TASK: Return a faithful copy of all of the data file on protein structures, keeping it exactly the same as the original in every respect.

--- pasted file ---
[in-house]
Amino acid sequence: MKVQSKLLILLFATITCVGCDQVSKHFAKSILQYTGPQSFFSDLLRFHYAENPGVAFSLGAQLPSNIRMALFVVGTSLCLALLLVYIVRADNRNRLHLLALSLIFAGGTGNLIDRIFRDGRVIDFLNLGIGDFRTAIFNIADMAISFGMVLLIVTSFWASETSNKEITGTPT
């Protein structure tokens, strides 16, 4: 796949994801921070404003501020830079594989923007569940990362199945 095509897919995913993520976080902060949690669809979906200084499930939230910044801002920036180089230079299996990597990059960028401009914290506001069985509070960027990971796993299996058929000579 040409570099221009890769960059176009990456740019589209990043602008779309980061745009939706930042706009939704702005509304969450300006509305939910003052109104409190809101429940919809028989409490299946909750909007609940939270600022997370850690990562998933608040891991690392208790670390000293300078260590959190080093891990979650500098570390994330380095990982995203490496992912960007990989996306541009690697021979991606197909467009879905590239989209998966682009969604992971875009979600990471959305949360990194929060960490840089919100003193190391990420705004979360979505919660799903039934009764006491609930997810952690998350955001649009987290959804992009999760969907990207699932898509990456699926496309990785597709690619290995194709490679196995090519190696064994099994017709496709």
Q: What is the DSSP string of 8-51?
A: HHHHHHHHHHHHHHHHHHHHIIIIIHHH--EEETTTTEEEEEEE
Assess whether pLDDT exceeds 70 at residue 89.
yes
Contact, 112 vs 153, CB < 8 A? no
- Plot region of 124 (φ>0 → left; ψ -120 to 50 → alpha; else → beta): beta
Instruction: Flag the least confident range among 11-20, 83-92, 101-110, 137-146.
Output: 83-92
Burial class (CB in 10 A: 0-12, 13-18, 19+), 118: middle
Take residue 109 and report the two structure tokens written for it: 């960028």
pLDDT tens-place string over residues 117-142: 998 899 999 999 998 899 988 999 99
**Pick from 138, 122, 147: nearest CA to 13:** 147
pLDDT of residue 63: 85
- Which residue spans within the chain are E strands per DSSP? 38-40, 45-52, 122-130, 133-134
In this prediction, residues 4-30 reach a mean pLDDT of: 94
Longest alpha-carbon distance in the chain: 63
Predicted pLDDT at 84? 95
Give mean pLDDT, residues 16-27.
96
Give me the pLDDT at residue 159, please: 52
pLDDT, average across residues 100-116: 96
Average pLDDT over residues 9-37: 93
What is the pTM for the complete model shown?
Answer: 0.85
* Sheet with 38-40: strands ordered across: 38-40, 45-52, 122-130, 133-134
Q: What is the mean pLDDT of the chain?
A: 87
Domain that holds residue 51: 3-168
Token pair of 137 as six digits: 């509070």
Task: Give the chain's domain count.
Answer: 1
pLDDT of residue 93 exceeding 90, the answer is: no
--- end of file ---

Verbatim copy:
[in-house]
Amino acid sequence: MKVQSKLLILLFATITCVGCDQVSKHFAKSILQYTGPQSFFSDLLRFHYAENPGVAFSLGAQLPSNIRMALFVVGTSLCLALLLVYIVRADNRNRLHLLALSLIFAGGTGNLIDRIFRDGRVIDFLNLGIGDFRTAIFNIADMAISFGMVLLIVTSFWASETSNKEITGTPT
């Protein structure tokens, strides 16, 4: 796949994801921070404003501020830079594989923007569940990362199945 095509897919995913993520976080902060949690669809979906200084499930939230910044801002920036180089230079299996990597990059960028401009914290506001069985509070960027990971796993299996058929000579 040409570099221009890769960059176009990456740019589209990043602008779309980061745009939706930042706009939704702005509304969450300006509305939910003052109104409190809101429940919809028989409490299946909750909007609940939270600022997370850690990562998933608040891991690392208790670390000293300078260590959190080093891990979650500098570390994330380095990982995203490496992912960007990989996306541009690697021979991606197909467009879905590239989209998966682009969604992971875009979600990471959305949360990194929060960490840089919100003193190391990420705004979360979505919660799903039934009764006491609930997810952690998350955001649009987290959804992009999760969907990207699932898509990456699926496309990785597709690619290995194709490679196995090519190696064994099994017709496709």
Q: What is the DSSP string of 8-51?
A: HHHHHHHHHHHHHHHHHHHHIIIIIHHH--EEETTTTEEEEEEE
Assess whether pLDDT exceeds 70 at residue 89.
yes
Contact, 112 vs 153, CB < 8 A? no
- Plot region of 124 (φ>0 → left; ψ -120 to 50 → alpha; else → beta): beta
Instruction: Flag the least confident range among 11-20, 83-92, 101-110, 137-146.
Output: 83-92
Burial class (CB in 10 A: 0-12, 13-18, 19+), 118: middle
Take residue 109 and report the two structure tokens written for it: 């960028």
pLDDT tens-place string over residues 117-142: 998 899 999 999 998 899 988 999 99
**Pick from 138, 122, 147: nearest CA to 13:** 147
pLDDT of residue 63: 85
- Which residue spans within the chain are E strands per DSSP? 38-40, 45-52, 122-130, 133-134
In this prediction, residues 4-30 reach a mean pLDDT of: 94
Longest alpha-carbon distance in the chain: 63
Predicted pLDDT at 84? 95
Give mean pLDDT, residues 16-27.
96
Give me the pLDDT at residue 159, please: 52
pLDDT, average across residues 100-116: 96
Average pLDDT over residues 9-37: 93
What is the pTM for the complete model shown?
Answer: 0.85
* Sheet with 38-40: strands ordered across: 38-40, 45-52, 122-130, 133-134
Q: What is the mean pLDDT of the chain?
A: 87
Domain that holds residue 51: 3-168
Token pair of 137 as six digits: 């509070």
Task: Give the chain's domain count.
Answer: 1
pLDDT of residue 93 exceeding 90, the answer is: no